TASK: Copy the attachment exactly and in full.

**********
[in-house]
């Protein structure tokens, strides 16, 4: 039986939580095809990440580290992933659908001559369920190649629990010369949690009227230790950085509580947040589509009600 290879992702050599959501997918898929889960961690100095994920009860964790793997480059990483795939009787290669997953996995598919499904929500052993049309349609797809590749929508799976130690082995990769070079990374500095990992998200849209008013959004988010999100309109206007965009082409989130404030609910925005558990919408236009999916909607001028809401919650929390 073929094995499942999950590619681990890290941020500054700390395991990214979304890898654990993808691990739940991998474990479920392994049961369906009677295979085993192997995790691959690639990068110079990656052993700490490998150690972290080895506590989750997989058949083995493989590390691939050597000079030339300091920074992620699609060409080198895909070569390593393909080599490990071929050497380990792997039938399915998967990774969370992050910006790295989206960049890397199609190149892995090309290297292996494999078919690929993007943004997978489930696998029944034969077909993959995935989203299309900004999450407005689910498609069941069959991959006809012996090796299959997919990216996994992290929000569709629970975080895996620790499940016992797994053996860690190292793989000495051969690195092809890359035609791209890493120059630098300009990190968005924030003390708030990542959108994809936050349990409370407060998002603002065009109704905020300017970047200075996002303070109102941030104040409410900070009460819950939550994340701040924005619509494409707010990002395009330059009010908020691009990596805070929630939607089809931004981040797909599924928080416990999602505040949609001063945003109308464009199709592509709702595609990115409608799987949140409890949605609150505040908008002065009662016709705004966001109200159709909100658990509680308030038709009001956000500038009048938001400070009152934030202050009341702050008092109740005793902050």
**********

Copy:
[in-house]
């Protein structure tokens, strides 16, 4: 039986939580095809990440580290992933659908001559369920190649629990010369949690009227230790950085509580947040589509009600 290879992702050599959501997918898929889960961690100095994920009860964790793997480059990483795939009787290669997953996995598919499904929500052993049309349609797809590749929508799976130690082995990769070079990374500095990992998200849209008013959004988010999100309109206007965009082409989130404030609910925005558990919408236009999916909607001028809401919650929390 073929094995499942999950590619681990890290941020500054700390395991990214979304890898654990993808691990739940991998474990479920392994049961369906009677295979085993192997995790691959690639990068110079990656052993700490490998150690972290080895506590989750997989058949083995493989590390691939050597000079030339300091920074992620699609060409080198895909070569390593393909080599490990071929050497380990792997039938399915998967990774969370992050910006790295989206960049890397199609190149892995090309290297292996494999078919690929993007943004997978489930696998029944034969077909993959995935989203299309900004999450407005689910498609069941069959991959006809012996090796299959997919990216996994992290929000569709629970975080895996620790499940016992797994053996860690190292793989000495051969690195092809890359035609791209890493120059630098300009990190968005924030003390708030990542959108994809936050349990409370407060998002603002065009109704905020300017970047200075996002303070109102941030104040409410900070009460819950939550994340701040924005619509494409707010990002395009330059009010908020691009990596805070929630939607089809931004981040797909599924928080416990999602505040949609001063945003109308464009199709592509709702595609990115409608799987949140409890949605609150505040908008002065009662016709705004966001109200159709909100658990509680308030038709009001956000500038009048938001400070009152934030202050009341702050008092109740005793902050």